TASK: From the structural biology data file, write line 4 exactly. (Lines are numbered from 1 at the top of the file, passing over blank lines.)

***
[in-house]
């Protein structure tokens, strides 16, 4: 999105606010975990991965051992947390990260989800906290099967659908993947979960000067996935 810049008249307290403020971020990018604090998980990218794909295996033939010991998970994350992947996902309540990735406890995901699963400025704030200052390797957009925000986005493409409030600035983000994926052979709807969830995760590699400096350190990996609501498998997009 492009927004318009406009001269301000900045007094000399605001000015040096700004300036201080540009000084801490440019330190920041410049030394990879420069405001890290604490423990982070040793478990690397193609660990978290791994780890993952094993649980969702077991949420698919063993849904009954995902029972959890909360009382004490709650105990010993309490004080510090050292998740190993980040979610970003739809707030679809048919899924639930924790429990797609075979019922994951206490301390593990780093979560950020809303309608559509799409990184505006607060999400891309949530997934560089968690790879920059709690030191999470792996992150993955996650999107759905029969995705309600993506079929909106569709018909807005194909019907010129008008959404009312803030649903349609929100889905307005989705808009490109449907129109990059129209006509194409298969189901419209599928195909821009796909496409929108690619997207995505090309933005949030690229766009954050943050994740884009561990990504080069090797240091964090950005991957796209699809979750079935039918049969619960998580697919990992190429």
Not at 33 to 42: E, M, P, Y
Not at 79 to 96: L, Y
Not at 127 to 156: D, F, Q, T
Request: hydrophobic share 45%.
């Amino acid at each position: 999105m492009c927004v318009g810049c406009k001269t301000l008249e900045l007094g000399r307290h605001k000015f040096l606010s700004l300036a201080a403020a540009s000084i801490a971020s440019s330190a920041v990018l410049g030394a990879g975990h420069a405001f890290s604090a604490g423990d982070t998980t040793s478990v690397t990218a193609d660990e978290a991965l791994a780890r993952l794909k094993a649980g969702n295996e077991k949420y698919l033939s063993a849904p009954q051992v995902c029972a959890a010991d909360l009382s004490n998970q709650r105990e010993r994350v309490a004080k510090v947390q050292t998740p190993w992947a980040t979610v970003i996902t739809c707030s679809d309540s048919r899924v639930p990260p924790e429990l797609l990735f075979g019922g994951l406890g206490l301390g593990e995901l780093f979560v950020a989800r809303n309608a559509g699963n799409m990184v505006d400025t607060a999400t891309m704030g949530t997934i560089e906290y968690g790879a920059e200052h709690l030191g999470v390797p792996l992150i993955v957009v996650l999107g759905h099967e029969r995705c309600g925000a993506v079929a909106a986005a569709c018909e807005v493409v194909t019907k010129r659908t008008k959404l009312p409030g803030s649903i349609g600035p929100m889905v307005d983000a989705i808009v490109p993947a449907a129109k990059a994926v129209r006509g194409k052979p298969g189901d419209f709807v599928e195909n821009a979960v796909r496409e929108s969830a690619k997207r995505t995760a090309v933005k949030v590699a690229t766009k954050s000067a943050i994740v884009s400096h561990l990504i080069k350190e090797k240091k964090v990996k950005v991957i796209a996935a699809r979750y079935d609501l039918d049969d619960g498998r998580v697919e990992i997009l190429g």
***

Not at 79 to 96: L, Y